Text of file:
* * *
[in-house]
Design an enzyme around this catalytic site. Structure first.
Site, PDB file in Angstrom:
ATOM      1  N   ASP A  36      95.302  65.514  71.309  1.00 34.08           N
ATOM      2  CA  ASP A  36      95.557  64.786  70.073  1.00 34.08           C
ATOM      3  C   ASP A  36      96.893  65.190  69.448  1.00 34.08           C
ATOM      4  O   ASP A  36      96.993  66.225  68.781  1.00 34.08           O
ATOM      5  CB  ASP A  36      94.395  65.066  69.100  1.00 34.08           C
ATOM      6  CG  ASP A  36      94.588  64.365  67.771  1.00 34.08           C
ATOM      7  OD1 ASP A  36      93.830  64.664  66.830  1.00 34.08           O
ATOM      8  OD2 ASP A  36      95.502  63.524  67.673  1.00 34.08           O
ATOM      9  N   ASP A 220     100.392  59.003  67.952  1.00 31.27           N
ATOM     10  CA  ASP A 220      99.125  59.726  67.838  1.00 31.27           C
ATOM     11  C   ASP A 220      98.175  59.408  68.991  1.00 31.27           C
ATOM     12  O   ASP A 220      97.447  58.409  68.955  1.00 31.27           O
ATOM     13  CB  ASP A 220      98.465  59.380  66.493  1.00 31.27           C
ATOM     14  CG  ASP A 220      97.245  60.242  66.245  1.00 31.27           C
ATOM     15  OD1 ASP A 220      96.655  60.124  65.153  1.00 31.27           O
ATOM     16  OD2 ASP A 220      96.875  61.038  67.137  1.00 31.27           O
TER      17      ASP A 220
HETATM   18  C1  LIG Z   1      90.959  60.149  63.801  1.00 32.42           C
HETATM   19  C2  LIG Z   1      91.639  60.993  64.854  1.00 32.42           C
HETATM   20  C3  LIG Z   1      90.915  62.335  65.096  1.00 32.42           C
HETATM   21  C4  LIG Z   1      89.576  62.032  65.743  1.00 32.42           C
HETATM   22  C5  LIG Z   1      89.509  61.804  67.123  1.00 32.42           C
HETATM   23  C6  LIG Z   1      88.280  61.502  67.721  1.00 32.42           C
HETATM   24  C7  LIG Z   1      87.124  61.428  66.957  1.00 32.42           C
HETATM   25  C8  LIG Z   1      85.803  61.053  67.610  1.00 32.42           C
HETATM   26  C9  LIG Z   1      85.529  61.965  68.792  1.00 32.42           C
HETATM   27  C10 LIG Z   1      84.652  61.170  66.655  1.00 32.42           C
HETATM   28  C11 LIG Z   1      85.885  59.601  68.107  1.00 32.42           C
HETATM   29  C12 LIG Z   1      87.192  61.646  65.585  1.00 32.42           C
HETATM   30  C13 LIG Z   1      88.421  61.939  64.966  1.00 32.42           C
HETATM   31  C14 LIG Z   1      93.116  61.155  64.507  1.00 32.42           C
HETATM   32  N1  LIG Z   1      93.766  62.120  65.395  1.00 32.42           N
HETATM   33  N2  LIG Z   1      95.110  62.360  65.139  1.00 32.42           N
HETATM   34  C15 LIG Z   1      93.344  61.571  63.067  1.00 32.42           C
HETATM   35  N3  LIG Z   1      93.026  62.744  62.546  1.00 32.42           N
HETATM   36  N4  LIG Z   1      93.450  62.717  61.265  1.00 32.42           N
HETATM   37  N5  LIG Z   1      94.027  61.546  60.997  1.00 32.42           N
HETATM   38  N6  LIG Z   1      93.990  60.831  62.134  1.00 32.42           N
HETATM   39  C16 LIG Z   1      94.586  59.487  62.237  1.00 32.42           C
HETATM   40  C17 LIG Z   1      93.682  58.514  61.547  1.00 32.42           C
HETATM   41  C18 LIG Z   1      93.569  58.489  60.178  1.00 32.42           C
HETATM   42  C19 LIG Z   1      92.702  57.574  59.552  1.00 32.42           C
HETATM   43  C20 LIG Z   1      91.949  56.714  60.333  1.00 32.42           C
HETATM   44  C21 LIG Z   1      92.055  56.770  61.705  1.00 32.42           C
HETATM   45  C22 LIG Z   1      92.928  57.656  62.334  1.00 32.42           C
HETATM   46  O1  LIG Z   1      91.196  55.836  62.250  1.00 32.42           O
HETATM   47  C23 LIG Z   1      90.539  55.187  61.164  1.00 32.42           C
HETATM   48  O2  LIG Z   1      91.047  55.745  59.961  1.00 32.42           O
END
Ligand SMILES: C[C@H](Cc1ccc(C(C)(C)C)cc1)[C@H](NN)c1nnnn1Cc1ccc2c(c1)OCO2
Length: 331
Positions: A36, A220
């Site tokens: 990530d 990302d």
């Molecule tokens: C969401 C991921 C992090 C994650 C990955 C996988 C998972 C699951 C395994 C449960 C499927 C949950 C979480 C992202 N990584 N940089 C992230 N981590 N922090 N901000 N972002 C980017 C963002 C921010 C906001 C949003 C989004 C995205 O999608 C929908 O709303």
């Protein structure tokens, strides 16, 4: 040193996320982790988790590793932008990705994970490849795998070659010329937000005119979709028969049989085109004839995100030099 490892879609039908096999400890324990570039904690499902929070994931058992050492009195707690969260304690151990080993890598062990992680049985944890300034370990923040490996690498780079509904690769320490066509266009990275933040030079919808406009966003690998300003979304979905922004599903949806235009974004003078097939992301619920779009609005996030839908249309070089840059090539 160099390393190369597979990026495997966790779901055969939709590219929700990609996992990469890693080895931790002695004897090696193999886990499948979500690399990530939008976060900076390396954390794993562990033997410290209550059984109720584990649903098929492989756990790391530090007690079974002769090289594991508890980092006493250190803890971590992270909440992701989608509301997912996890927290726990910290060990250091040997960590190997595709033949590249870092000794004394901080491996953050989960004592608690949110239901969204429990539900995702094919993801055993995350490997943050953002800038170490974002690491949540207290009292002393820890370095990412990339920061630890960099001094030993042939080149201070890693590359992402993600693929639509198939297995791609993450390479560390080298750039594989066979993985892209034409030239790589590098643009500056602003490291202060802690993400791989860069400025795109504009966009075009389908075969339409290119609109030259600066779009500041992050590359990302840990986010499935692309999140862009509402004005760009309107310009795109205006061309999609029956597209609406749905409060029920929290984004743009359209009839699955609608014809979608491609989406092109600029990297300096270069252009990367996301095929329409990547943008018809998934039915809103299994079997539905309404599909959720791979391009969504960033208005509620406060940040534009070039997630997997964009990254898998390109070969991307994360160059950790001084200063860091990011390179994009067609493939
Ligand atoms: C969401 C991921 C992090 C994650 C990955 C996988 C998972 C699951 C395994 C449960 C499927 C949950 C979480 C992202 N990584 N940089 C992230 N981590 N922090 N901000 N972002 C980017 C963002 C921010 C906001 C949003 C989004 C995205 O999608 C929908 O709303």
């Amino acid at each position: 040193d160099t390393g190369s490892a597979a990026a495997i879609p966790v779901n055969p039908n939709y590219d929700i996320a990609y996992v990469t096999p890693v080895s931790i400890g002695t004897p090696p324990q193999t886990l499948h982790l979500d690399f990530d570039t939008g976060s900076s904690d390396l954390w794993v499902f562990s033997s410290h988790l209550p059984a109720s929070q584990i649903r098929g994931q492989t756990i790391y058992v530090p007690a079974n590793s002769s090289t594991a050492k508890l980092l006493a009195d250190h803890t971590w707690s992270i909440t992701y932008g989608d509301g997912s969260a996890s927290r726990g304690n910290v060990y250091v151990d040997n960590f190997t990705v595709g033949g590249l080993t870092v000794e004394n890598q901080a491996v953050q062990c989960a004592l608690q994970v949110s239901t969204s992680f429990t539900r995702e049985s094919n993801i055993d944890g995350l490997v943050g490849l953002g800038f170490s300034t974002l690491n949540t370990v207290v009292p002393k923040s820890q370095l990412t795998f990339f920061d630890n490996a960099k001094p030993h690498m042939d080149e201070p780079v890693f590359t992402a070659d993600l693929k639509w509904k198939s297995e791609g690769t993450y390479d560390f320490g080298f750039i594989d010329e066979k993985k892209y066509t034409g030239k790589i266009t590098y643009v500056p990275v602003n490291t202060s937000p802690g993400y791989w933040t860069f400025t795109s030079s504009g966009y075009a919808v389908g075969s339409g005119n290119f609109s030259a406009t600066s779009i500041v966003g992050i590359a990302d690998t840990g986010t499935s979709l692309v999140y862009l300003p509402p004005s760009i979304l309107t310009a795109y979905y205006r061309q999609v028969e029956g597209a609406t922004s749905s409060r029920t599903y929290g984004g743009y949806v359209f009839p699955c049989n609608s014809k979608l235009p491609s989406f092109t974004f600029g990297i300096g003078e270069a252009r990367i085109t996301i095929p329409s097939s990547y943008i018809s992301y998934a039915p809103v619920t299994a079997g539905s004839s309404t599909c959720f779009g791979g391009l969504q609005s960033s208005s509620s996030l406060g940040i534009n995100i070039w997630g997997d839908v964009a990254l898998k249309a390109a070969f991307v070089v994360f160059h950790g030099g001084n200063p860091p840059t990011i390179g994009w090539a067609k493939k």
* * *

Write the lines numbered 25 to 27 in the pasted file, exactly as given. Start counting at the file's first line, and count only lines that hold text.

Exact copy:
HETATM   22  C5  LIG Z   1      89.509  61.804  67.123  1.00 32.42           C
HETATM   23  C6  LIG Z   1      88.280  61.502  67.721  1.00 32.42           C
HETATM   24  C7  LIG Z   1      87.124  61.428  66.957  1.00 32.42           C